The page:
Run, Rudolph, Run!

Ah, March.  Pretty much everyone I know here has told me that March is the best month of Finland’s winter.  It’s relatively warm, actually sunny, and the days are getting longer and longer, so you can enjoy it all.  This means excellent skiing conditions, and I have had the great pleasure to watch some professionals at play.

Goooooo, Visa!In mid-March, I made it to the Rovaniemi Reindeer Sprint Race.  This is an annual event, wherein the city of Rovaniemi trucks in a bunch of snow and paves a 200-meter raceway through the middle of downtown Rovaniemi so that reindeer-drawn skiers can race.  Yes, this is as cool as it sounds.

uncomfortable rope placementsThe logistics are also a little awe-inspiring, as the reindeer seem to only run when physically touching (this is perhaps the logic behind only having 2 reindeer race at a time).  The reins are accordingly placed with the first rein running between the reindeer’s legs, making for a rope wedgie (that may or may not actually be the reason they’re running), and the second rein on the outside of the reindeer mash-up, so the rope has free range of motion to be whipped across the flanks of the beasts.  Muwahahaaha!  So the racers (drivers? jockeys? skiers?) not only have to keep the naturally lazy reindeer at a dead run, which is something they clearly don’t enjoy, but they also have to deal with the fact that they’re plastered up against their similarly ski-clad human competition.  There were some definite wobbles.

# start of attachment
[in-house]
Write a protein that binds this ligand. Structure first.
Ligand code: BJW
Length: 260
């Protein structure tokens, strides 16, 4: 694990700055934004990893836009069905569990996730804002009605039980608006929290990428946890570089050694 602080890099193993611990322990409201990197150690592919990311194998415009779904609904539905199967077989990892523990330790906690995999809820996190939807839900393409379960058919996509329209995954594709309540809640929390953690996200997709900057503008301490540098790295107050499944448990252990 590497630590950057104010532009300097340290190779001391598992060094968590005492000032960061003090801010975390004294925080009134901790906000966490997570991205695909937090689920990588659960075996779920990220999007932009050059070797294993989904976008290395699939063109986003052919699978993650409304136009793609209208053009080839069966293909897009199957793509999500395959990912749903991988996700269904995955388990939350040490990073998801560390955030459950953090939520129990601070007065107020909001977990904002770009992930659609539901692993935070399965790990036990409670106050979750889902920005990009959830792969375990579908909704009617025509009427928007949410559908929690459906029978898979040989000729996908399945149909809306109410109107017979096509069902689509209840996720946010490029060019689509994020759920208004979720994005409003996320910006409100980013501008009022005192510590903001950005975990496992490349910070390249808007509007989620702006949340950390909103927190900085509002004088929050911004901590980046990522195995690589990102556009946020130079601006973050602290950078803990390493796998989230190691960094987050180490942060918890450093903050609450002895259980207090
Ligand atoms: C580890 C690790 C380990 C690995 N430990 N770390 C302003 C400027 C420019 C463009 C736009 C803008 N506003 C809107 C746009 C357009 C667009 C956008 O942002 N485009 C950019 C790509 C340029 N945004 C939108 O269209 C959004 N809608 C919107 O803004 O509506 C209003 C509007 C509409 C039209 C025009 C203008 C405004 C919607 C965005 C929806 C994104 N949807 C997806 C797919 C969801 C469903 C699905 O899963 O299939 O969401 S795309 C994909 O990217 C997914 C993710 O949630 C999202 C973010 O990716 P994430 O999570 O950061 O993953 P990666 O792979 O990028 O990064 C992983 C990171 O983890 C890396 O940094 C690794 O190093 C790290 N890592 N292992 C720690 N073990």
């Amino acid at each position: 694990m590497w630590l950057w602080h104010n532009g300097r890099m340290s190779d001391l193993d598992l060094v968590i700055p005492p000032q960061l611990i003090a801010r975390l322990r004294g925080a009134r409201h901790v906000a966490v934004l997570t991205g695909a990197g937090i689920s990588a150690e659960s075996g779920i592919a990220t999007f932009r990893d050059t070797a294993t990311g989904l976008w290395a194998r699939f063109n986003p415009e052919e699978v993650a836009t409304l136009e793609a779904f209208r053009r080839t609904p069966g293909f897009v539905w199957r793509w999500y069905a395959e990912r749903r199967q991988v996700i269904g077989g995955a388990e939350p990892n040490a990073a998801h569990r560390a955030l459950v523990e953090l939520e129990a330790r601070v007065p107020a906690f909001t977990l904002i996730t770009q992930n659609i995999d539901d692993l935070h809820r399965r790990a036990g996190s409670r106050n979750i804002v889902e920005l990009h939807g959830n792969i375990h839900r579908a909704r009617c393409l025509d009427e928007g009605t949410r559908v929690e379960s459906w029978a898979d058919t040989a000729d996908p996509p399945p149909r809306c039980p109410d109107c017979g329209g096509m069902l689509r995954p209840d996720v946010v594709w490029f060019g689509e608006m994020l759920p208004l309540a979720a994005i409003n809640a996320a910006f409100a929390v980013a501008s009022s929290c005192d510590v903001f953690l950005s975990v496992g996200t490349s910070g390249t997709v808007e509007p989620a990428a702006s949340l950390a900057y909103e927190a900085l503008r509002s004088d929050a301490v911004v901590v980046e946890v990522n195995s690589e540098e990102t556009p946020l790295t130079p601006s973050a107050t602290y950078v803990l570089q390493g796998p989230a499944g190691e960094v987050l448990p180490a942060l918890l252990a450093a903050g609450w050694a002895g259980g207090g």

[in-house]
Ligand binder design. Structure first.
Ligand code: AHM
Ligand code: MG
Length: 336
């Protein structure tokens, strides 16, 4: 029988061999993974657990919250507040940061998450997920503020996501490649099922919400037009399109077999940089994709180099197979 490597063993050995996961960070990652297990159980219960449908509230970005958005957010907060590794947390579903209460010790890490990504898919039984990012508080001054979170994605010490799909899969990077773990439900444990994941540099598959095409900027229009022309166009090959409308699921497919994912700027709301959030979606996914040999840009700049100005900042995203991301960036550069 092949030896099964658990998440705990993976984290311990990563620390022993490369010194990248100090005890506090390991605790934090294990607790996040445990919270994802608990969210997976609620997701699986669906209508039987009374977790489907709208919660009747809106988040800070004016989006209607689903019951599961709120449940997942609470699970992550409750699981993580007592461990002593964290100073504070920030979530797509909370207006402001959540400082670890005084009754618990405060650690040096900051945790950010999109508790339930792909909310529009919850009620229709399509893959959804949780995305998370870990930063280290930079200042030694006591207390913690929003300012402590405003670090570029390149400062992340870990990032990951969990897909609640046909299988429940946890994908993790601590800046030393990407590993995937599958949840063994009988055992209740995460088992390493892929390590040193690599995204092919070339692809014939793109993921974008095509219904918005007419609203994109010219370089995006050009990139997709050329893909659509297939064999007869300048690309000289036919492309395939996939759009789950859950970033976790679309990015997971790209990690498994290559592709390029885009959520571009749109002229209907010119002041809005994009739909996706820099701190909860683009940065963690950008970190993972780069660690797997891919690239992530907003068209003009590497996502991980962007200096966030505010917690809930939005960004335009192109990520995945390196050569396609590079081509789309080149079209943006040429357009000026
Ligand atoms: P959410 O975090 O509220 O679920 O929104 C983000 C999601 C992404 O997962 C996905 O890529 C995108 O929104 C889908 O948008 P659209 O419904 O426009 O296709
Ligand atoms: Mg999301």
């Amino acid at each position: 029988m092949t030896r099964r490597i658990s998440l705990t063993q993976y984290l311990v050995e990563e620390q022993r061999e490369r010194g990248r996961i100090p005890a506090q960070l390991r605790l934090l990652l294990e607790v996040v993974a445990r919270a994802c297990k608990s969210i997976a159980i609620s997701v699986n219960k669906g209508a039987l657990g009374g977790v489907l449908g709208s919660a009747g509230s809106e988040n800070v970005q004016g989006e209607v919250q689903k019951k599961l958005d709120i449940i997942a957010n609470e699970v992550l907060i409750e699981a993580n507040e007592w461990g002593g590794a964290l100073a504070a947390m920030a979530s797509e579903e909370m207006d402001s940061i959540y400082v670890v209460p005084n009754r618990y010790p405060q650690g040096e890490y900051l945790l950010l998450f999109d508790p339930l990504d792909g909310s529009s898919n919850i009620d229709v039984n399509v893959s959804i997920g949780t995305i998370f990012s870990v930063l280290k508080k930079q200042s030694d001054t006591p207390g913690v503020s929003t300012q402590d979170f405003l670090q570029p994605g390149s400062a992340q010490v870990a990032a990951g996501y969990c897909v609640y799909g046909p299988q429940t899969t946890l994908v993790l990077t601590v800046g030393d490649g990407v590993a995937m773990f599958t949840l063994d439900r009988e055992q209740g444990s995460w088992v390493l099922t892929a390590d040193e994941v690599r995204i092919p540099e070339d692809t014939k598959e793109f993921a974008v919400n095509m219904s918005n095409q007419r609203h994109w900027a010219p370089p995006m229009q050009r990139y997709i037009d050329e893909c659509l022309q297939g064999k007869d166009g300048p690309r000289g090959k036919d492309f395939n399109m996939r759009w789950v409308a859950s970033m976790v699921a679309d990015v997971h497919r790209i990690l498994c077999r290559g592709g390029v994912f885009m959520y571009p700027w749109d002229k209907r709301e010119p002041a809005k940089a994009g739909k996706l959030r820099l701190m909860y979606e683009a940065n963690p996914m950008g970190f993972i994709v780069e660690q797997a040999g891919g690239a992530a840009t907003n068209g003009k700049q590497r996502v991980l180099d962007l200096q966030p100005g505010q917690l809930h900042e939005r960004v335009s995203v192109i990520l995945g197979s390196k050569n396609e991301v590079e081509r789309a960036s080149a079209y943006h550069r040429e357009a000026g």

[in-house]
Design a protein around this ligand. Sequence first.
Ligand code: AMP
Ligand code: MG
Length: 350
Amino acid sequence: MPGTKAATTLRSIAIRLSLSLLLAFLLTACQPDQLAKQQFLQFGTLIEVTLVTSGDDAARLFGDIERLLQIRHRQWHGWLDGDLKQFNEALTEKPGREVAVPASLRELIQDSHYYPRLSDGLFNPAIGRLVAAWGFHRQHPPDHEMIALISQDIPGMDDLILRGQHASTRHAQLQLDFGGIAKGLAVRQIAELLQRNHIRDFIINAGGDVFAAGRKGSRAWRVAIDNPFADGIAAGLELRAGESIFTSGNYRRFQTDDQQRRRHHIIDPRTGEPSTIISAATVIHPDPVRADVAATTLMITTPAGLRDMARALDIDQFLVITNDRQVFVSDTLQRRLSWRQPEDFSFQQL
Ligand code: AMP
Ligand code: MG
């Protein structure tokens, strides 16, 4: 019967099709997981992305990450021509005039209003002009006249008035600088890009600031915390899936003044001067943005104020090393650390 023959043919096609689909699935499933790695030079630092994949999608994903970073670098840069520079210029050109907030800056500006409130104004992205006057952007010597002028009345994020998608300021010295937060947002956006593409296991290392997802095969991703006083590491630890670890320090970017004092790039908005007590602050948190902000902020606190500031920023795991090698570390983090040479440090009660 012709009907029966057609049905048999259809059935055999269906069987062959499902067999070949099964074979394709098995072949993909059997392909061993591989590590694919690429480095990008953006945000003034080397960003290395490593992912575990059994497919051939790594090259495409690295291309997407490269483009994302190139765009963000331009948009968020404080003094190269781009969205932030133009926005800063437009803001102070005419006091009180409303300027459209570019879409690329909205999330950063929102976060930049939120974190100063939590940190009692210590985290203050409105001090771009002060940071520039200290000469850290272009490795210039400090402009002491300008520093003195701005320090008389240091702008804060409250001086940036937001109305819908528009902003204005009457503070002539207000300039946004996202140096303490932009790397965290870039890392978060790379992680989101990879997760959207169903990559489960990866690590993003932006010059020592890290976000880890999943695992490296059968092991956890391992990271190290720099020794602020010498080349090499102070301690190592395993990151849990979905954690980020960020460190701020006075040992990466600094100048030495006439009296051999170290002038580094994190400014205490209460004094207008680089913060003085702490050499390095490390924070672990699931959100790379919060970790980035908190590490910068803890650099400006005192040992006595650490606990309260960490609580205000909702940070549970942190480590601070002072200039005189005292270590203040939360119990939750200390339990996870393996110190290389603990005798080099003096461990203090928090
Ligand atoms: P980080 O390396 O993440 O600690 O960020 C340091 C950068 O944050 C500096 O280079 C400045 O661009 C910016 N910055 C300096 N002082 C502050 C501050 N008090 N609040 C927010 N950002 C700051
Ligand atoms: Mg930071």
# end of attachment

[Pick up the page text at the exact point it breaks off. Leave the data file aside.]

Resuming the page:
Standing in one spot along the course, you only have a few seconds to follow the heaving, running mass as it comes into and then out of your line of sight.  They’re surprisingly speedy!

Rovaniemi sidelinesworking for itflying bygoing, going, goneThe event is a major tourist draw for Rovaniemi, so there was an excellent, extremely enthusiastic emcee, who announced in Finnish, and then English (when he remembered).  There were a total of 16 reindeer competitors.  There was a first round of paired races, and the 8 winners continued on to the second round.  The 4 winners of the second round of races were seeded based on their average previous running times (18-21 seconds), and then there was a final pair of races to determine the 1st, 2nd and 3rd place winners.  They also did a good job of pairing the reindeer based on size, because there was quite a bit of variety in brawniness of the animals, so that at least the first 2 rounds were as fair as possible, but the last race was a small reindeer pitted against a giant one.

At the end of each race, the reindeer were herded into waiting minivans and driven back down to the starting line on the river.  Sorry for the blurry picture, but at this point it was cold enough that my camera was refusing to work properly.

shove 'em in the van!I was rooting for a reindeer named ‘Visa’, mostly because I liked the idea of a reindeer named like a credit card.  He was also the winner last year, so he was a favorite, which I didn’t realize when I took up his banner.  In the picture below, you see him whooping on his racing opponent!

run, reindeer, run!The evening turned quite cold and windy, but this was a really fun event despite the loss of feeling in my extremities.  My one big failure of the day was that I couldn’t find the exact location of another event that was taking place downtown that evening – the reindeer meat cooking competition.  I’m not even kidding!  In a rash moment of pure evil, I convinced an 8-year old American boy that they were serving up last year’s losers….

I also had my customary field work trip to Kevo in the middle of the month.  The weather took an unfortunate turn towards the frigid (-30C) on my field day, but the slightly warmer weather the last few weeks has turned the snow cover into a crusty, windswept number that was fun to snowshoe on top of, and to photograph.

snow drifts snow-crusted transect

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